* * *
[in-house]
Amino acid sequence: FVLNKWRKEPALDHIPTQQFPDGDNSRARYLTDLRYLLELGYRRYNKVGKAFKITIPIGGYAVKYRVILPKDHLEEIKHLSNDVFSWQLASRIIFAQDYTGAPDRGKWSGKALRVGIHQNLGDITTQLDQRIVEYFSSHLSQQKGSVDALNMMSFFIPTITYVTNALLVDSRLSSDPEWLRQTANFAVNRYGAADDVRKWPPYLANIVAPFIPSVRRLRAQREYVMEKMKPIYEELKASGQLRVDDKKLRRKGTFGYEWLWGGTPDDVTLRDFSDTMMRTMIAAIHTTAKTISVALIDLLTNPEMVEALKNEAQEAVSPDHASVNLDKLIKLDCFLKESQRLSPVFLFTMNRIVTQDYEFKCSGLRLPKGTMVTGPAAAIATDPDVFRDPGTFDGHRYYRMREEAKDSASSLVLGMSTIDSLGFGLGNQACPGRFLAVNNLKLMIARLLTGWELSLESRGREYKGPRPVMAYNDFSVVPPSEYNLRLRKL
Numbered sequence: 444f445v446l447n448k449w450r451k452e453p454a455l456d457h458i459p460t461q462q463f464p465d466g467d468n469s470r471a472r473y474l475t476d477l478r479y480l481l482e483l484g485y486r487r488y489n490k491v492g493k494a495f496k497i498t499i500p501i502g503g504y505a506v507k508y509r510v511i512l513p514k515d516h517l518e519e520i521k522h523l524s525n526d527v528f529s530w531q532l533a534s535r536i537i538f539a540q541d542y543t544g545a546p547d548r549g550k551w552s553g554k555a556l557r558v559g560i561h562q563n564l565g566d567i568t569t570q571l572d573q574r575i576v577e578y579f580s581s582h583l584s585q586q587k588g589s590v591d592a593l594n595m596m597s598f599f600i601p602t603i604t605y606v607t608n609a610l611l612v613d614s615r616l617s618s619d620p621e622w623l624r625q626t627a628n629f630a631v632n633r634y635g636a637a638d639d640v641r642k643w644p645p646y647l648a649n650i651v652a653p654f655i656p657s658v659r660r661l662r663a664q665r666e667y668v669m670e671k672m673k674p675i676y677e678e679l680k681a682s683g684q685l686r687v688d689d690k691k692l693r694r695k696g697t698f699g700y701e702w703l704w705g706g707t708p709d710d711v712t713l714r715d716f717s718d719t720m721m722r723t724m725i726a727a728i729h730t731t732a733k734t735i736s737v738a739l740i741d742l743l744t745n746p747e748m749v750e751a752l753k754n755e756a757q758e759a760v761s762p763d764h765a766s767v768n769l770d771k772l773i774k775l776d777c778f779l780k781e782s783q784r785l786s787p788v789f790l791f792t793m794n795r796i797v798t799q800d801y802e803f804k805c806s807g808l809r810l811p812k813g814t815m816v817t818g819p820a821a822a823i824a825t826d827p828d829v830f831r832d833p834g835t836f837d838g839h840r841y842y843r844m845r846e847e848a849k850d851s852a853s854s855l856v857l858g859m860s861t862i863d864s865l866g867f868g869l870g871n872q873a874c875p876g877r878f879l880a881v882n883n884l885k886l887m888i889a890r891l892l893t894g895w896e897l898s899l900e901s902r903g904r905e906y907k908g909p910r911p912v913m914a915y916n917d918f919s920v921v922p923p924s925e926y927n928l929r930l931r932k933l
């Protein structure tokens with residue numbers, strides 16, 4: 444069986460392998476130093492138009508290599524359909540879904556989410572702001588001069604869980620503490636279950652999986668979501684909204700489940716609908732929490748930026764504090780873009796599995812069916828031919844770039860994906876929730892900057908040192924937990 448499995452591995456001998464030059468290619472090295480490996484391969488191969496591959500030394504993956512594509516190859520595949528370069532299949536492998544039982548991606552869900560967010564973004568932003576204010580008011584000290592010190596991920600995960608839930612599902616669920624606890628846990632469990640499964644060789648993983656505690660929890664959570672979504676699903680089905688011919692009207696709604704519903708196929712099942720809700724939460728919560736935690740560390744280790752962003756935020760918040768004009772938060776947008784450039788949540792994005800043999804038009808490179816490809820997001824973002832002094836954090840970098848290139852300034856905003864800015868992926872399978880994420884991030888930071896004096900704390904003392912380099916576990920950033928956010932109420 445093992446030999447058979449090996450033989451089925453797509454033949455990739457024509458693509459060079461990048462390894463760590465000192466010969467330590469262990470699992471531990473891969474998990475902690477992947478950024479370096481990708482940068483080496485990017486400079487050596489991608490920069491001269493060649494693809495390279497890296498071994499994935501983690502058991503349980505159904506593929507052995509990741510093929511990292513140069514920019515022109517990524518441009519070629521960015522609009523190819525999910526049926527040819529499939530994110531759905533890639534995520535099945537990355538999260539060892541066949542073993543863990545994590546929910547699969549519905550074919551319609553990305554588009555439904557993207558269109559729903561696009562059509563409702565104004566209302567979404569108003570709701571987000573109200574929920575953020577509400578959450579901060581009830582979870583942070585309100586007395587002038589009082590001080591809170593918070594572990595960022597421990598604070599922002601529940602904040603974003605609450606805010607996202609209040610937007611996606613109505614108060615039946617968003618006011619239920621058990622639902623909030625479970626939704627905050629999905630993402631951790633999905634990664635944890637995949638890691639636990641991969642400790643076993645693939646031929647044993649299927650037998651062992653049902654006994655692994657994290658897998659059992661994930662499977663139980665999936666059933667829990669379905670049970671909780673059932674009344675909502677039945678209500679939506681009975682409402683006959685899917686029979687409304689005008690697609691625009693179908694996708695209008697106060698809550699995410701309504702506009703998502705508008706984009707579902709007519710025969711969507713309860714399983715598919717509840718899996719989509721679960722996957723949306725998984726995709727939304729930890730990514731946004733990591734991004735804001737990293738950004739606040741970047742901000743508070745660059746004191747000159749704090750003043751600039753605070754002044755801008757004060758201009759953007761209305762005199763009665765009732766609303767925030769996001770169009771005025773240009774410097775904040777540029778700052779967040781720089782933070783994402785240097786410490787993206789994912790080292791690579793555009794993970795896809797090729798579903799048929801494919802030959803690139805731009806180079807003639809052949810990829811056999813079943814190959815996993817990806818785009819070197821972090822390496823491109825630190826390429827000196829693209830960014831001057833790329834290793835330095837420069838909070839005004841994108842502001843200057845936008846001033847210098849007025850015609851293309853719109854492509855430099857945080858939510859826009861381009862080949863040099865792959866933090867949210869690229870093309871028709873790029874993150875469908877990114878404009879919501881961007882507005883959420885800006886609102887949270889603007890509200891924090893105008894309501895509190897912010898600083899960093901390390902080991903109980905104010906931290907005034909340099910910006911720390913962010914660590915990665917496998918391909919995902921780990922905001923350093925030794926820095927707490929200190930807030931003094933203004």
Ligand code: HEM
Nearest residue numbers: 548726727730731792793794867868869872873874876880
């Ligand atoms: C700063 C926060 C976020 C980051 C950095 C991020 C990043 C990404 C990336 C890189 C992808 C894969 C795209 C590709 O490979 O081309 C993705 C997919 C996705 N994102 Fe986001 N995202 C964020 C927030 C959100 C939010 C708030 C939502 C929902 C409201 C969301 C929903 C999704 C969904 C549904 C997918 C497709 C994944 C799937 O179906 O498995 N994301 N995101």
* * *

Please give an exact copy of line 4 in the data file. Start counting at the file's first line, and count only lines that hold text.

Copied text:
């Protein structure tokens with residue numbers, strides 16, 4: 444069986460392998476130093492138009508290599524359909540879904556989410572702001588001069604869980620503490636279950652999986668979501684909204700489940716609908732929490748930026764504090780873009796599995812069916828031919844770039860994906876929730892900057908040192924937990 448499995452591995456001998464030059468290619472090295480490996484391969488191969496591959500030394504993956512594509516190859520595949528370069532299949536492998544039982548991606552869900560967010564973004568932003576204010580008011584000290592010190596991920600995960608839930612599902616669920624606890628846990632469990640499964644060789648993983656505690660929890664959570672979504676699903680089905688011919692009207696709604704519903708196929712099942720809700724939460728919560736935690740560390744280790752962003756935020760918040768004009772938060776947008784450039788949540792994005800043999804038009808490179816490809820997001824973002832002094836954090840970098848290139852300034856905003864800015868992926872399978880994420884991030888930071896004096900704390904003392912380099916576990920950033928956010932109420 445093992446030999447058979449090996450033989451089925453797509454033949455990739457024509458693509459060079461990048462390894463760590465000192466010969467330590469262990470699992471531990473891969474998990475902690477992947478950024479370096481990708482940068483080496485990017486400079487050596489991608490920069491001269493060649494693809495390279497890296498071994499994935501983690502058991503349980505159904506593929507052995509990741510093929511990292513140069514920019515022109517990524518441009519070629521960015522609009523190819525999910526049926527040819529499939530994110531759905533890639534995520535099945537990355538999260539060892541066949542073993543863990545994590546929910547699969549519905550074919551319609553990305554588009555439904557993207558269109559729903561696009562059509563409702565104004566209302567979404569108003570709701571987000573109200574929920575953020577509400578959450579901060581009830582979870583942070585309100586007395587002038589009082590001080591809170593918070594572990595960022597421990598604070599922002601529940602904040603974003605609450606805010607996202609209040610937007611996606613109505614108060615039946617968003618006011619239920621058990622639902623909030625479970626939704627905050629999905630993402631951790633999905634990664635944890637995949638890691639636990641991969642400790643076993645693939646031929647044993649299927650037998651062992653049902654006994655692994657994290658897998659059992661994930662499977663139980665999936666059933667829990669379905670049970671909780673059932674009344675909502677039945678209500679939506681009975682409402683006959685899917686029979687409304689005008690697609691625009693179908694996708695209008697106060698809550699995410701309504702506009703998502705508008706984009707579902709007519710025969711969507713309860714399983715598919717509840718899996719989509721679960722996957723949306725998984726995709727939304729930890730990514731946004733990591734991004735804001737990293738950004739606040741970047742901000743508070745660059746004191747000159749704090750003043751600039753605070754002044755801008757004060758201009759953007761209305762005199763009665765009732766609303767925030769996001770169009771005025773240009774410097775904040777540029778700052779967040781720089782933070783994402785240097786410490787993206789994912790080292791690579793555009794993970795896809797090729798579903799048929801494919802030959803690139805731009806180079807003639809052949810990829811056999813079943814190959815996993817990806818785009819070197821972090822390496823491109825630190826390429827000196829693209830960014831001057833790329834290793835330095837420069838909070839005004841994108842502001843200057845936008846001033847210098849007025850015609851293309853719109854492509855430099857945080858939510859826009861381009862080949863040099865792959866933090867949210869690229870093309871028709873790029874993150875469908877990114878404009879919501881961007882507005883959420885800006886609102887949270889603007890509200891924090893105008894309501895509190897912010898600083899960093901390390902080991903109980905104010906931290907005034909340099910910006911720390913962010914660590915990665917496998918391909919995902921780990922905001923350093925030794926820095927707490929200190930807030931003094933203004």